4. We turn now to a consideration of the principles which we hold shall control the assessment of damages in defamation actions in this Commonwealth. The rule defining the limits of damages, like the rules defining liability, must take cognizance of the need to reconcile the State interest in permitting defamation actions against the competing values of the First Amendment. The Gertz case so requires: "[T]he States have no substantial interest in securing for plaintiffs such as this petitioner, gratuitous awards of money damages far in excess of any actual injury." Gertz v. Robert Welch, Inc., supra, at 349. However, the Gertz opinion also apparently provides that a State may constitutionally permit the award of punitive damages to a plaintiff who proves under the New York Times Co. standard, wilful or reckless defamation by a publisher or broadcaster. Id. at 349. Presumably in such aggravated cases, the damages may be permitted as private fines levied by civil juries to punish reprehensible conduct and to deter its future occurrence.
We reject the allowance of punitive damages in this Commonwealth in any defamation action, on any state of proof, whether based in negligence, or reckless or wilful conduct. We so hold in recognition that the possibility of excessive and unbridled jury verdicts, grounded on punitive assessments, may impermissibly chill the exercise of First Amendment rights by promoting apprehensive self-censorship.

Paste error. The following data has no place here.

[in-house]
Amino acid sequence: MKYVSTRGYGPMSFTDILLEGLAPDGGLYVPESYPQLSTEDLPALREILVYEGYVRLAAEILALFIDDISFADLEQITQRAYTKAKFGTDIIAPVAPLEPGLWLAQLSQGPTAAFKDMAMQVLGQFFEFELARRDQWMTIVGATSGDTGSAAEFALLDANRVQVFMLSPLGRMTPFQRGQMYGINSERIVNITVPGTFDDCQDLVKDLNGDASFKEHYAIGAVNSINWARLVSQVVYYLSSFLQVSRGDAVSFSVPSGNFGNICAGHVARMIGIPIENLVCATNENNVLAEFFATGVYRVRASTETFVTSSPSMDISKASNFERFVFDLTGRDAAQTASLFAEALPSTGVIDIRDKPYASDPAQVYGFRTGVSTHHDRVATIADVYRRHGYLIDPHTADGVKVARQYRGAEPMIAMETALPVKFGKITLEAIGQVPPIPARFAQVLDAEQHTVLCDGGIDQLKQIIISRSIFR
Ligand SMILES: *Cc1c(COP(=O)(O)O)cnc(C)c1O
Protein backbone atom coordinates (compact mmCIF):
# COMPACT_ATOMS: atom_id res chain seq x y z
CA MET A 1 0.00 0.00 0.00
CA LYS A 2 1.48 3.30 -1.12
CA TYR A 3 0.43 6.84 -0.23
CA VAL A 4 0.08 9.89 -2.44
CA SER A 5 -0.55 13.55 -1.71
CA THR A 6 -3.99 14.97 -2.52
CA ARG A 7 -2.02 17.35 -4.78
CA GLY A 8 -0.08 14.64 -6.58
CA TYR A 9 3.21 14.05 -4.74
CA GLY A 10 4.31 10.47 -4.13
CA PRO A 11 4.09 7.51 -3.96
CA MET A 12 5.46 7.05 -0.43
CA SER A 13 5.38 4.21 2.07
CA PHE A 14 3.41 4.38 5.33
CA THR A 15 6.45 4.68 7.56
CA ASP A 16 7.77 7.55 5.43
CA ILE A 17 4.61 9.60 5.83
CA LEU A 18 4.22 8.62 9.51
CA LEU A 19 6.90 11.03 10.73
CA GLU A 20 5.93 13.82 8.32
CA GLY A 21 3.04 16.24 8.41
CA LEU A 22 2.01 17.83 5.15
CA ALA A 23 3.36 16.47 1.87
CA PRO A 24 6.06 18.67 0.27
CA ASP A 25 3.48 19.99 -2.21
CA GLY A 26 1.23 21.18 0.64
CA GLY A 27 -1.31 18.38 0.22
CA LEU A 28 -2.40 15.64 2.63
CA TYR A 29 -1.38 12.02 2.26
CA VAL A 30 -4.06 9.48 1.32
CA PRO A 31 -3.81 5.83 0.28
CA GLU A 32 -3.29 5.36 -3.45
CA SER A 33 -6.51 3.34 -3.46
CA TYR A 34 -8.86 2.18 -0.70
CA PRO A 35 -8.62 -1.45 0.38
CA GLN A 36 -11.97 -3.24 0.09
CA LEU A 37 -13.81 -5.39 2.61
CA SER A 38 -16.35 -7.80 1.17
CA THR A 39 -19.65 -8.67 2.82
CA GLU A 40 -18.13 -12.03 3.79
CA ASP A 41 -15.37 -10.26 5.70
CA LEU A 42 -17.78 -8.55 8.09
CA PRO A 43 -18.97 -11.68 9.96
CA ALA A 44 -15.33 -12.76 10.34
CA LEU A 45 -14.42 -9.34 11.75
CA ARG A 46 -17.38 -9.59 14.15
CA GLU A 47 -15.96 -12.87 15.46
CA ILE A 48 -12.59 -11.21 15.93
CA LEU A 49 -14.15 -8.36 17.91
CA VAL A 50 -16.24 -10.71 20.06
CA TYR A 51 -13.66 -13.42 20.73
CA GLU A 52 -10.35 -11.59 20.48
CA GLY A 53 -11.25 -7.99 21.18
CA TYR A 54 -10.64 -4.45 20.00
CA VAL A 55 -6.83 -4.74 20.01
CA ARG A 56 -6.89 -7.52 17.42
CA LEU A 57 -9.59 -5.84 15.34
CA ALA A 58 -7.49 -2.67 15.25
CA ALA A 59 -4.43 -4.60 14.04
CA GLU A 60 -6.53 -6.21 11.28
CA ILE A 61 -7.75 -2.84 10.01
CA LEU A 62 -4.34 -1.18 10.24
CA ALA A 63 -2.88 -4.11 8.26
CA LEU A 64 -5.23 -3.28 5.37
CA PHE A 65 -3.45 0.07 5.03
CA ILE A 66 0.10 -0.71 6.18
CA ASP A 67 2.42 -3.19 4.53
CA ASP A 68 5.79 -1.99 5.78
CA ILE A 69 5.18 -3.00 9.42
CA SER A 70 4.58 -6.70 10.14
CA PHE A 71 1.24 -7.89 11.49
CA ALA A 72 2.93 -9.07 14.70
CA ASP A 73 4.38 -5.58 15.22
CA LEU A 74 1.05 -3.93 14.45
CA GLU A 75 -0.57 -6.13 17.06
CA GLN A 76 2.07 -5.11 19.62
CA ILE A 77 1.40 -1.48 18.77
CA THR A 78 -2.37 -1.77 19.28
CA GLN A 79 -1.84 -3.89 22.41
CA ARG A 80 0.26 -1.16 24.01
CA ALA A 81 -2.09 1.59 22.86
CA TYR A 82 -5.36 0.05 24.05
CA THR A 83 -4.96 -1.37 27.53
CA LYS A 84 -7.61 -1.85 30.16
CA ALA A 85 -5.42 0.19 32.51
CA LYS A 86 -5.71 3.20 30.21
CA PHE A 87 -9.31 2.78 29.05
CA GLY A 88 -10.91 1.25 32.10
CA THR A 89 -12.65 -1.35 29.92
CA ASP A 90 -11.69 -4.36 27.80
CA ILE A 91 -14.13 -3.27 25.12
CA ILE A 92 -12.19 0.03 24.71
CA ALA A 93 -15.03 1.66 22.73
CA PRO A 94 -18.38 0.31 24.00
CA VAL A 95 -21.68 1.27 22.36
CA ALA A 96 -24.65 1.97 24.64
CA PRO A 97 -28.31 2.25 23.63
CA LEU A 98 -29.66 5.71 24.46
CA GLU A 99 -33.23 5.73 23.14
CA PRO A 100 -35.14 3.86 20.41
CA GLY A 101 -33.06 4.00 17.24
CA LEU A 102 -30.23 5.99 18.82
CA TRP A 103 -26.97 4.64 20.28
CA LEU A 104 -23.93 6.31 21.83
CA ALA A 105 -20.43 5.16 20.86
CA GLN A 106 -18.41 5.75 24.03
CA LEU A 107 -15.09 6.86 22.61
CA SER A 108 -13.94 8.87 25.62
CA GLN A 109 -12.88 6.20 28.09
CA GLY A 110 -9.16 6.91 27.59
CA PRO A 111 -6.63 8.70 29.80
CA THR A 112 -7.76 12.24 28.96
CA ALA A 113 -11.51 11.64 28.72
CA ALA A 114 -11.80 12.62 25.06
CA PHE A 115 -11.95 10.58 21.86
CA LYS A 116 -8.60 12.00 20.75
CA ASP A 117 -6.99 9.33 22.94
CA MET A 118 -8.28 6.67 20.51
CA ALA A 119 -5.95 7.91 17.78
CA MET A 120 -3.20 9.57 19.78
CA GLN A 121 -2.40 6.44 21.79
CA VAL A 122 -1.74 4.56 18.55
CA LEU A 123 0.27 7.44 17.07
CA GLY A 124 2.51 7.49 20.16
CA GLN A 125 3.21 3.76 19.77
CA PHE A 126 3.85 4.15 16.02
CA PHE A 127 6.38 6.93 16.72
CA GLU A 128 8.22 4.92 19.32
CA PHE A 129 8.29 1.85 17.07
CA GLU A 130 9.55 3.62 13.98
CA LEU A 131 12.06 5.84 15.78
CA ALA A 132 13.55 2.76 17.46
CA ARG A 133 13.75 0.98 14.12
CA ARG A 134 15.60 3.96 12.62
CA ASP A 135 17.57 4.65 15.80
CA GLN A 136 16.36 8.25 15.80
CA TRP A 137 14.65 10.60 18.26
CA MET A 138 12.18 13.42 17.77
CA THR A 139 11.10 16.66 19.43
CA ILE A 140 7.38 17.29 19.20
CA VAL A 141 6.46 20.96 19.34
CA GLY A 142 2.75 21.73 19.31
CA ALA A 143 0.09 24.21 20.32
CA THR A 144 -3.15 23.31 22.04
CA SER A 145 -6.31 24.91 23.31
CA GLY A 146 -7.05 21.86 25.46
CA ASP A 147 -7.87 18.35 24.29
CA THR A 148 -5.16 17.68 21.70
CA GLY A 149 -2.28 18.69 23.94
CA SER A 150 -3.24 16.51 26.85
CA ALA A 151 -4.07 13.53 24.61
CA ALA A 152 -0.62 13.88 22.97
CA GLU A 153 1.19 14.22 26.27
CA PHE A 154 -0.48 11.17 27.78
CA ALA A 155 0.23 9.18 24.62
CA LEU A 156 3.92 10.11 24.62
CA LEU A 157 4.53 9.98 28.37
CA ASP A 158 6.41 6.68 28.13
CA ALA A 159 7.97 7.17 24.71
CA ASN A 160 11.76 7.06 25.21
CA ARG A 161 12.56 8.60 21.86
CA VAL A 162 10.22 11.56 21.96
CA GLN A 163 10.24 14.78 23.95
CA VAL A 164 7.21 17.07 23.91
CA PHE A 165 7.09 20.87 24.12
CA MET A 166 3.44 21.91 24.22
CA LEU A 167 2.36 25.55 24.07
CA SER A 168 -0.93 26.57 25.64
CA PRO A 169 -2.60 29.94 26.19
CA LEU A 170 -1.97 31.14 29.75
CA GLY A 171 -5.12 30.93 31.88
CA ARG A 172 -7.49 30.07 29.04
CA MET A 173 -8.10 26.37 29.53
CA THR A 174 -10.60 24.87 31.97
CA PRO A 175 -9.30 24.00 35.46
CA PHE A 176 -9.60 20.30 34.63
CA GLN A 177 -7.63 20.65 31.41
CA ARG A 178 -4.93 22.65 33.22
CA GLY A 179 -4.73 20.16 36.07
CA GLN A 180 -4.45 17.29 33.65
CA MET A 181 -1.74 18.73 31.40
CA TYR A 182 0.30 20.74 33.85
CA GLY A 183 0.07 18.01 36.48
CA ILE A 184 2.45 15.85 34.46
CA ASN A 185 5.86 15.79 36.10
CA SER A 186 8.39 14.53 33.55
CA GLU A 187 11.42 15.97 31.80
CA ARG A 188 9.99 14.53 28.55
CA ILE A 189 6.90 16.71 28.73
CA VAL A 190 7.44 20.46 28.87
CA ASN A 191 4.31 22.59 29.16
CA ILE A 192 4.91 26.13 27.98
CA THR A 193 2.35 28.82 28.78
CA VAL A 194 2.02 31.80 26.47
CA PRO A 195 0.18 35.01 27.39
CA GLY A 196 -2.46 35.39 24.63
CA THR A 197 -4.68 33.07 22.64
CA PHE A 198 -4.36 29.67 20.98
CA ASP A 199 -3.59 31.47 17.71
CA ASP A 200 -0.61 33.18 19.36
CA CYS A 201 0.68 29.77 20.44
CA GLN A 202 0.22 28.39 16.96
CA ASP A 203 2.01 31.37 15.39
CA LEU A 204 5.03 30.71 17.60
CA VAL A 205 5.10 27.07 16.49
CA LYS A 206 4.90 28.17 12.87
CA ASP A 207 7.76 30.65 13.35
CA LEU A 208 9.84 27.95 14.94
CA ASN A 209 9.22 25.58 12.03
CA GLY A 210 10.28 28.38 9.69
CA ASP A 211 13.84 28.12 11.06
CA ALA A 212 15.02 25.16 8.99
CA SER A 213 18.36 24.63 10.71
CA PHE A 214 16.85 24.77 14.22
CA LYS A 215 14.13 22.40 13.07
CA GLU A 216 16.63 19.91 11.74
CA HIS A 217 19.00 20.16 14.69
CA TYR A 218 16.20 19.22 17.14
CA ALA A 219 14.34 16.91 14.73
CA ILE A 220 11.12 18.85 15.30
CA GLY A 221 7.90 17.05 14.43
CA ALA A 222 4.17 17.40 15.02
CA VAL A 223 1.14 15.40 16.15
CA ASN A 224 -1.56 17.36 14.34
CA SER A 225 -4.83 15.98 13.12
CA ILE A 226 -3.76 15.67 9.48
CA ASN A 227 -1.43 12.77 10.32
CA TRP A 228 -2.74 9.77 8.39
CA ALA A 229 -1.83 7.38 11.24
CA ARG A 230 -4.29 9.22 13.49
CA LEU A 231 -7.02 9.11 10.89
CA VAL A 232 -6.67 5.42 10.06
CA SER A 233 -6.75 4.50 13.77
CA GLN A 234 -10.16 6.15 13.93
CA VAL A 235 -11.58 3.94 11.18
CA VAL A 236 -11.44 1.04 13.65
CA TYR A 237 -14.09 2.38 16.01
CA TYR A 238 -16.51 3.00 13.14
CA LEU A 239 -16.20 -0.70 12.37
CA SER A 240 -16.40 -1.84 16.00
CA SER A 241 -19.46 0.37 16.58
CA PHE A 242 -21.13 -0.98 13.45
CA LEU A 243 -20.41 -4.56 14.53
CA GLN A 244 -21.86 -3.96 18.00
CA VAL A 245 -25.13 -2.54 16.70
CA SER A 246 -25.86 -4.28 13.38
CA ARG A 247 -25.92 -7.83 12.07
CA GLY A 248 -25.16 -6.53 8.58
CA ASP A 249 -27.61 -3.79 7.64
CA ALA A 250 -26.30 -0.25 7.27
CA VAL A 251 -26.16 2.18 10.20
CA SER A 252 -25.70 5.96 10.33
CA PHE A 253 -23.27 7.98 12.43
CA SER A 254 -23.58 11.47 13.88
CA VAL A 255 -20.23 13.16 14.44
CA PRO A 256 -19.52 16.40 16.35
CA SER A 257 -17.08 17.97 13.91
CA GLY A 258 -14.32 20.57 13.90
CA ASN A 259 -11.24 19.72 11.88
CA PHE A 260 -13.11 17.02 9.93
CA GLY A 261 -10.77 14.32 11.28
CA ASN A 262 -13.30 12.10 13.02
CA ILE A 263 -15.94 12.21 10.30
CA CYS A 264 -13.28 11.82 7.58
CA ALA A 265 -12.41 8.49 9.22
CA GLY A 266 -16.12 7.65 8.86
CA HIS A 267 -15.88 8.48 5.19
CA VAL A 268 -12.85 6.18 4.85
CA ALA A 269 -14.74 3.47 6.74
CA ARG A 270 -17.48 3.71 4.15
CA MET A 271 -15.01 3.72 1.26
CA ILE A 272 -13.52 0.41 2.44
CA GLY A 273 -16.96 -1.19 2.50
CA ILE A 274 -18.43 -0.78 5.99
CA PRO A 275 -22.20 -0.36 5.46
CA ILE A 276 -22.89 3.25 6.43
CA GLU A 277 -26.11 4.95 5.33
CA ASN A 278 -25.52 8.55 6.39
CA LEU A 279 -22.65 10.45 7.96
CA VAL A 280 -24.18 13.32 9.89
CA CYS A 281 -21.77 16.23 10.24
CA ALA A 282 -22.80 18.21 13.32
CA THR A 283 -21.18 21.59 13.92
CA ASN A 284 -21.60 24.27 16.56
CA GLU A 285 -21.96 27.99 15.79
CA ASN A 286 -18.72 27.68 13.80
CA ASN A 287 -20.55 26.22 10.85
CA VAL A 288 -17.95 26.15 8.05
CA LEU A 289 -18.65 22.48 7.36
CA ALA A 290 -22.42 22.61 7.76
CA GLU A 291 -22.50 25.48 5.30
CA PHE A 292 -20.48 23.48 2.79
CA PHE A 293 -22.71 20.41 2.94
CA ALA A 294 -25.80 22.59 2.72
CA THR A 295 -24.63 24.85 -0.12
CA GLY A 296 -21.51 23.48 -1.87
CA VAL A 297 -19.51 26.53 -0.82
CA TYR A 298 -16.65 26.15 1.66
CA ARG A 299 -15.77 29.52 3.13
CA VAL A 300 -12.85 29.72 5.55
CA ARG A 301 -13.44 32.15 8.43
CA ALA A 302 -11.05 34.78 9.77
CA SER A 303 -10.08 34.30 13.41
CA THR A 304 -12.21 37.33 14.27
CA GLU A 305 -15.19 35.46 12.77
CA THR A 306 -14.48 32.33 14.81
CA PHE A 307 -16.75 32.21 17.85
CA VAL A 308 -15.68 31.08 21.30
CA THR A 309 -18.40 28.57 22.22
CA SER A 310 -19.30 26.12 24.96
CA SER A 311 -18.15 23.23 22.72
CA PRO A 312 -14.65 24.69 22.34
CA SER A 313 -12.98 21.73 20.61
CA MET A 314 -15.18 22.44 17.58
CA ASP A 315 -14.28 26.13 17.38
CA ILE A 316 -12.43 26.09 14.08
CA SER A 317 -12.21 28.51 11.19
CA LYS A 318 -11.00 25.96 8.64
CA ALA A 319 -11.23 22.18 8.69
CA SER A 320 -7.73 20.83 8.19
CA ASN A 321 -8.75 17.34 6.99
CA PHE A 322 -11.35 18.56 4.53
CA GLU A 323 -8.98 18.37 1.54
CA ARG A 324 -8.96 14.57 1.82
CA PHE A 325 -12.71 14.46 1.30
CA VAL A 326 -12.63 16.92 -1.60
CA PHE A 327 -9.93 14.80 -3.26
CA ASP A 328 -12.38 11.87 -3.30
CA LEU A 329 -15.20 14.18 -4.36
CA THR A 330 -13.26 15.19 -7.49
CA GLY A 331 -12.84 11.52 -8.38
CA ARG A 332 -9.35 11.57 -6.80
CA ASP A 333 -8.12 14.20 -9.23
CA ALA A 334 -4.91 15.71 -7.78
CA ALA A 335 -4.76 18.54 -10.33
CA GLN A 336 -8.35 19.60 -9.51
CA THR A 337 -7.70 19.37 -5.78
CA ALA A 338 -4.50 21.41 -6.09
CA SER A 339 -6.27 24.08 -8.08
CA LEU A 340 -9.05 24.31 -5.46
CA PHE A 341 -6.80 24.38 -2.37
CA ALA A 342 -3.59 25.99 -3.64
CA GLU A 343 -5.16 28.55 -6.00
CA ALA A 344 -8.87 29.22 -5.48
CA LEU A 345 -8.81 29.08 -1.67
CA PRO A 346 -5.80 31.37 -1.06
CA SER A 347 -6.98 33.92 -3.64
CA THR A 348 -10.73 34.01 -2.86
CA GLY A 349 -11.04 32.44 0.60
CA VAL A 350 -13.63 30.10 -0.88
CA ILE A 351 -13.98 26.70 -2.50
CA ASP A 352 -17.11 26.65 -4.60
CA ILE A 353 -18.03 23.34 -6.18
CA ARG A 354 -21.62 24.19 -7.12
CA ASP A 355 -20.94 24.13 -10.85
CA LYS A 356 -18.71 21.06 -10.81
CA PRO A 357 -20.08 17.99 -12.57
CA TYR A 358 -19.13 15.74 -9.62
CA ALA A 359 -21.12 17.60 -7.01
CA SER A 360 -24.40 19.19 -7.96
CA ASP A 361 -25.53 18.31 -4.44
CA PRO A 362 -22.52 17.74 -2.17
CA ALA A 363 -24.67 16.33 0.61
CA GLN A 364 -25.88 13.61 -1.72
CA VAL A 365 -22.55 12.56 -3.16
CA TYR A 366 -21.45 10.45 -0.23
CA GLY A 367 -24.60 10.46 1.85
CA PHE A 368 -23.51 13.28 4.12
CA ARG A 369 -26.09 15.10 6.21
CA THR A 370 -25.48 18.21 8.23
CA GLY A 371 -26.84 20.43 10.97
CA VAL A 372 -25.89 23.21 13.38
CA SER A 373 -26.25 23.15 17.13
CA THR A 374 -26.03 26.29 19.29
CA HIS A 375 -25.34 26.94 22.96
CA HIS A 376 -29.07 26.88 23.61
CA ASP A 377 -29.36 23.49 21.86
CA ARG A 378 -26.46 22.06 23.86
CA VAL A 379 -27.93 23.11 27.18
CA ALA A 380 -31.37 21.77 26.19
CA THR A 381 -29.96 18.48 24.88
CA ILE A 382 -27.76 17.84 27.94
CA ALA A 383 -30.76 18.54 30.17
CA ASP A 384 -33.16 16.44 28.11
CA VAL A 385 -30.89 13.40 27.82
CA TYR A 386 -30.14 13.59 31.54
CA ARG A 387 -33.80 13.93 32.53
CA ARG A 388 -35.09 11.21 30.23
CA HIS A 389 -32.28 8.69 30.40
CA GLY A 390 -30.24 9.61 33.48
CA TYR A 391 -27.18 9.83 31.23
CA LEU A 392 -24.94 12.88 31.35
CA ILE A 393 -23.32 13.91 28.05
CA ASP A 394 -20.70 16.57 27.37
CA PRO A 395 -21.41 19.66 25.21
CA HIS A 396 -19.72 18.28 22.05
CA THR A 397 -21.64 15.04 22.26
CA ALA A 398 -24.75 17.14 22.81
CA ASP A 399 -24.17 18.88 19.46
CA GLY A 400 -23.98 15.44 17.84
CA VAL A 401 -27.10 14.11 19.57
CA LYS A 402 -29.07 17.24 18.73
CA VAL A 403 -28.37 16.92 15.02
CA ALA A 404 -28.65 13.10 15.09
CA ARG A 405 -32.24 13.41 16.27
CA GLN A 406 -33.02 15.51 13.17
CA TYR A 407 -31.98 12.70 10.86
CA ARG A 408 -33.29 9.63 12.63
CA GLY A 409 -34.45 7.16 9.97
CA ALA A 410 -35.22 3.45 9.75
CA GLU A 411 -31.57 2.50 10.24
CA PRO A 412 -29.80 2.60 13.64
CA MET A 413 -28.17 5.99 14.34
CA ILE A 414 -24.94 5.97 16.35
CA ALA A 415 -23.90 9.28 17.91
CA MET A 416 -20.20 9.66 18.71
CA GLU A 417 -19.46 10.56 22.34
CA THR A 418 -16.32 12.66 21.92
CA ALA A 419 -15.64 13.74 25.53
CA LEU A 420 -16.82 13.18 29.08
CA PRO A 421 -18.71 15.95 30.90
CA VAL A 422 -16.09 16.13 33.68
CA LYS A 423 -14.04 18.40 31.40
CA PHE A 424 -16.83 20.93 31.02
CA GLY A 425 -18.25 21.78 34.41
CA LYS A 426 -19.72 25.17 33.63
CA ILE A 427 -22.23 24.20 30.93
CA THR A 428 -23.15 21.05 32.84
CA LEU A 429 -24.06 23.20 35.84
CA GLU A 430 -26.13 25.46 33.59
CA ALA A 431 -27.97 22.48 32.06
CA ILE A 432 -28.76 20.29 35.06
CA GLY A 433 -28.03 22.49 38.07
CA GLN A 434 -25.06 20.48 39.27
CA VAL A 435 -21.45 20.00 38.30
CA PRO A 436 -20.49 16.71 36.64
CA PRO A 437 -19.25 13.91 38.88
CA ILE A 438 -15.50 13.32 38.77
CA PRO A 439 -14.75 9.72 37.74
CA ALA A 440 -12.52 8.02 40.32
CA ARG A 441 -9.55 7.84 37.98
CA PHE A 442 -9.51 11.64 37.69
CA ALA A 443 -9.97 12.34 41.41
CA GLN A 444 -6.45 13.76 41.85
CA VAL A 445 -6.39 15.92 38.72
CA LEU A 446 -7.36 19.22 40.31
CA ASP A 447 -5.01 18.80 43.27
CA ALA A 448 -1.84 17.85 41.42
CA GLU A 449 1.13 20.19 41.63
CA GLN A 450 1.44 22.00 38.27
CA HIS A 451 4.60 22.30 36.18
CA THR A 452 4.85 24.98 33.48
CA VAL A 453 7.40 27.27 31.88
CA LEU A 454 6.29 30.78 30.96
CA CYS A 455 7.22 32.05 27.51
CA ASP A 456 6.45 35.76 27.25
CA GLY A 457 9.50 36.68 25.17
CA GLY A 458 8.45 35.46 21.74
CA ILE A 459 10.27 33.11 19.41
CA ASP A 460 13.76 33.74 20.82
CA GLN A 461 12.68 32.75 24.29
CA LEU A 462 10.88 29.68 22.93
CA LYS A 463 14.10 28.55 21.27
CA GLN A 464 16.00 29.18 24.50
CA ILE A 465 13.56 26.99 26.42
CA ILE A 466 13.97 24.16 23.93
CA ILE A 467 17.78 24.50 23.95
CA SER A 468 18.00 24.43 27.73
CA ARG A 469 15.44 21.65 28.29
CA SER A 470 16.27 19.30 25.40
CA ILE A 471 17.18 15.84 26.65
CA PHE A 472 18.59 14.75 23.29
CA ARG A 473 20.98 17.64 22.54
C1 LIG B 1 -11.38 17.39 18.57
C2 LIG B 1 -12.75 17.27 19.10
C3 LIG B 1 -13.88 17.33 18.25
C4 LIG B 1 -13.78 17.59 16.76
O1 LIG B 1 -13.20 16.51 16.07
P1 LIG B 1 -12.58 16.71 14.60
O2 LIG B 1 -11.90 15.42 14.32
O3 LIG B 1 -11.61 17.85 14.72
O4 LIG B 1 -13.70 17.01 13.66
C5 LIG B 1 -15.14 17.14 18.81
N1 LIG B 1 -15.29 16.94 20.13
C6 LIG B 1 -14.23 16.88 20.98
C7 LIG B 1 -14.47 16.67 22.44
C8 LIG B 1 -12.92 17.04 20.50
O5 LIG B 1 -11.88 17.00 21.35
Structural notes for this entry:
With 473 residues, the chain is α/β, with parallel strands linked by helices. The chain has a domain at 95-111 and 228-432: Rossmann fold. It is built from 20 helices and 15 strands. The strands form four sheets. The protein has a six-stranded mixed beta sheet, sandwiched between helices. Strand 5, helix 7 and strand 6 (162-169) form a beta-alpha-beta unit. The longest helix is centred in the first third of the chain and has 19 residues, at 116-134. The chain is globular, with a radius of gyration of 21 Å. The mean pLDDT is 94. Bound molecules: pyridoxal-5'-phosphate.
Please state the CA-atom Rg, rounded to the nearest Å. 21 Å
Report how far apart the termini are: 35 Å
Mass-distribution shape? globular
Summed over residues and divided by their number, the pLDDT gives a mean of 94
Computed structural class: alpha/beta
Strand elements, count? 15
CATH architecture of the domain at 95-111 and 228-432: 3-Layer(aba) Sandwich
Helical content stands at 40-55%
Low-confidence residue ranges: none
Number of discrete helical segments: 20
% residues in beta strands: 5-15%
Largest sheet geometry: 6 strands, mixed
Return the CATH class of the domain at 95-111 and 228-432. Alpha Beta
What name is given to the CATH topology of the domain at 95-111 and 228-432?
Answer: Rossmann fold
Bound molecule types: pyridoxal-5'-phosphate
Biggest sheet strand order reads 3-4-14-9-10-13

We reaffirm the following as the controlling principles in this Commonwealth. In a case of defamation the plaintiff's recovery is limited to actual damages, which are compensatory for the wrong done by the defendant. Ellis v. Brockton Publishing Co. 198 Mass. 538 (1908). Where specific harm is alleged to have resulted from the defendant's tortious conduct, such harm may be pleaded and damages recovered. Muchnick v. Post Publishing Co. 332 Mass. 304 (1955). Cf. Lewis v. Vallis, 356 Mass. 662 (1970). Otherwise the plaintiff is limited to compensatory damages for actual injury, which include mental suffering, Chesley v. Tompson, 137 Mass. 136, 137 (1884); Pion v. Caron, 237 Mass. 107, 111 (1921), and harm to reputation. Ellis v. Brockton Publishing Co., supra. Punitive damages are prohibited, Ellis v. Brockton Publishing Co., supra, even on proof of actual malice. G.L.c. 231, § 93, as appearing in St. 1943, c. 360. In addition, the defendant may introduce evidence of a retraction in mitigation of damages, G.L.c. 231, § 94, as appearing in St. 1943, c. 361, but the degree of mitigation, if any, is for the jury. Whitcomb v. Hearst Corp. 329 Mass. 193 (1952).